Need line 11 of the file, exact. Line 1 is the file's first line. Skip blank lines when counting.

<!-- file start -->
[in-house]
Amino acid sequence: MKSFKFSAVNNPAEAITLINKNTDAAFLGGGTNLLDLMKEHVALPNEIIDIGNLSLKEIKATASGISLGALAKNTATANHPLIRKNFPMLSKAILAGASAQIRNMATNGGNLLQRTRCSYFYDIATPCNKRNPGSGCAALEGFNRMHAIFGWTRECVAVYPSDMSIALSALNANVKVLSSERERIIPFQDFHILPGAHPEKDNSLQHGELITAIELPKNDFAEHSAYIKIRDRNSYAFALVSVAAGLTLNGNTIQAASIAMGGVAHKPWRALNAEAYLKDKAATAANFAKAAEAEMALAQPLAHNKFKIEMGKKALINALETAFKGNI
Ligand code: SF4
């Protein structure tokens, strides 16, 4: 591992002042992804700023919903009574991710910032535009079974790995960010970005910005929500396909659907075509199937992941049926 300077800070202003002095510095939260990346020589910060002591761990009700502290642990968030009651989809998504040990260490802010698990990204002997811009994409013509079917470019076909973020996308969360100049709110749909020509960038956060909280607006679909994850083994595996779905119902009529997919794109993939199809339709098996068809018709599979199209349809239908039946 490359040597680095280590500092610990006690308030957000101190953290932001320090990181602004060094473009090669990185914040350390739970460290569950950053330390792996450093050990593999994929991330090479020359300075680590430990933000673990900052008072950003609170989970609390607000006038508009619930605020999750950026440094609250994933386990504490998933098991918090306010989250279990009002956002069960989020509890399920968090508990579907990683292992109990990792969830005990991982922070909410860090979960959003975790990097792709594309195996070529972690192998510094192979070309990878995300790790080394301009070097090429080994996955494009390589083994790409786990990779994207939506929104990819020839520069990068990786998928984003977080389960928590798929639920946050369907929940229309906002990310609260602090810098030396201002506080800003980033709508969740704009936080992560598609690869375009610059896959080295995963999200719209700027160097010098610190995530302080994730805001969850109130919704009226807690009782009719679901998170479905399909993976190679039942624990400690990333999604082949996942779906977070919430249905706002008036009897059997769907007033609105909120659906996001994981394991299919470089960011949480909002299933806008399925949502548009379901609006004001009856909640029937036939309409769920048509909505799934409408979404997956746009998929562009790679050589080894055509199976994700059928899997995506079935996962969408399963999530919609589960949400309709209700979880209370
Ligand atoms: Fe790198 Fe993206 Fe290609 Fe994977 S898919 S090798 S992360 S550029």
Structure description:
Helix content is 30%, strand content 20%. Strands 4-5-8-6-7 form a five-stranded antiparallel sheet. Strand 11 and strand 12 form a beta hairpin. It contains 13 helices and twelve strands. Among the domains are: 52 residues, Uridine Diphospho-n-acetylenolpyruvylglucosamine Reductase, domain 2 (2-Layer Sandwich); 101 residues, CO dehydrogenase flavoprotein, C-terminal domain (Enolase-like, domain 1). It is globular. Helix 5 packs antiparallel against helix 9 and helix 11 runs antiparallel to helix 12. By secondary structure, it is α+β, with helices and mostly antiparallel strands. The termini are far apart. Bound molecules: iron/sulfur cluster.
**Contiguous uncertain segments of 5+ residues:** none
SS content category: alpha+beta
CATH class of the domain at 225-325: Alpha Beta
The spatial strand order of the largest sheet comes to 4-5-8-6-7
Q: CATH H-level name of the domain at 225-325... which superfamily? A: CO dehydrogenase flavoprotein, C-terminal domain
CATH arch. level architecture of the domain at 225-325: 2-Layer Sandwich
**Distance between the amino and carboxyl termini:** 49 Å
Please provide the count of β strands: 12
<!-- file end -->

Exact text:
The spatial strand order of the largest sheet comes to 4-5-8-6-7